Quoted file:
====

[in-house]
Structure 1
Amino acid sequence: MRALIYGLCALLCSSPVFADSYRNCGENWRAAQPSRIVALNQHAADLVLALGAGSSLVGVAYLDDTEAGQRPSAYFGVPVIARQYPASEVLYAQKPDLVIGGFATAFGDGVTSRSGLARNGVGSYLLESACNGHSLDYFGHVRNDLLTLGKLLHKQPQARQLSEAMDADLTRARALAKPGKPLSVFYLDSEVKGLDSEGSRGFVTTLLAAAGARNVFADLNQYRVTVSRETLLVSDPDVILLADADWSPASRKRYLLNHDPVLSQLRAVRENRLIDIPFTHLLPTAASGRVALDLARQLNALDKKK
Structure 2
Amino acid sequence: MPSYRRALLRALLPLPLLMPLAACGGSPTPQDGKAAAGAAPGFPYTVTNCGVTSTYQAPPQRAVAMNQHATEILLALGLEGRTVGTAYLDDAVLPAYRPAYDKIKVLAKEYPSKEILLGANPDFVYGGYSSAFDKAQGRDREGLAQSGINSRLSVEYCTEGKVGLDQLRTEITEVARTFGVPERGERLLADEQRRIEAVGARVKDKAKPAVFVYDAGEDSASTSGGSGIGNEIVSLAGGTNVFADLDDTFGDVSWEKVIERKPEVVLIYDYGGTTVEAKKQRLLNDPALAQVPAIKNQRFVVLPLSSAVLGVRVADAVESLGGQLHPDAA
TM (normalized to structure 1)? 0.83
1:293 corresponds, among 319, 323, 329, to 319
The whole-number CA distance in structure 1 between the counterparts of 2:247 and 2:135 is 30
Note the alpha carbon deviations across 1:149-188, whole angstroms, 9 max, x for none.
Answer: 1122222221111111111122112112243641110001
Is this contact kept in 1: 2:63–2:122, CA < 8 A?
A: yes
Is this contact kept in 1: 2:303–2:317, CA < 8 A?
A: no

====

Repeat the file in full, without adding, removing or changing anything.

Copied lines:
[in-house]
Structure 1
Amino acid sequence: MRALIYGLCALLCSSPVFADSYRNCGENWRAAQPSRIVALNQHAADLVLALGAGSSLVGVAYLDDTEAGQRPSAYFGVPVIARQYPASEVLYAQKPDLVIGGFATAFGDGVTSRSGLARNGVGSYLLESACNGHSLDYFGHVRNDLLTLGKLLHKQPQARQLSEAMDADLTRARALAKPGKPLSVFYLDSEVKGLDSEGSRGFVTTLLAAAGARNVFADLNQYRVTVSRETLLVSDPDVILLADADWSPASRKRYLLNHDPVLSQLRAVRENRLIDIPFTHLLPTAASGRVALDLARQLNALDKKK
Structure 2
Amino acid sequence: MPSYRRALLRALLPLPLLMPLAACGGSPTPQDGKAAAGAAPGFPYTVTNCGVTSTYQAPPQRAVAMNQHATEILLALGLEGRTVGTAYLDDAVLPAYRPAYDKIKVLAKEYPSKEILLGANPDFVYGGYSSAFDKAQGRDREGLAQSGINSRLSVEYCTEGKVGLDQLRTEITEVARTFGVPERGERLLADEQRRIEAVGARVKDKAKPAVFVYDAGEDSASTSGGSGIGNEIVSLAGGTNVFADLDDTFGDVSWEKVIERKPEVVLIYDYGGTTVEAKKQRLLNDPALAQVPAIKNQRFVVLPLSSAVLGVRVADAVESLGGQLHPDAA
TM (normalized to structure 1)? 0.83
1:293 corresponds, among 319, 323, 329, to 319
The whole-number CA distance in structure 1 between the counterparts of 2:247 and 2:135 is 30
Note the alpha carbon deviations across 1:149-188, whole angstroms, 9 max, x for none.
Answer: 1122222221111111111122112112243641110001
Is this contact kept in 1: 2:63–2:122, CA < 8 A?
A: yes
Is this contact kept in 1: 2:303–2:317, CA < 8 A?
A: no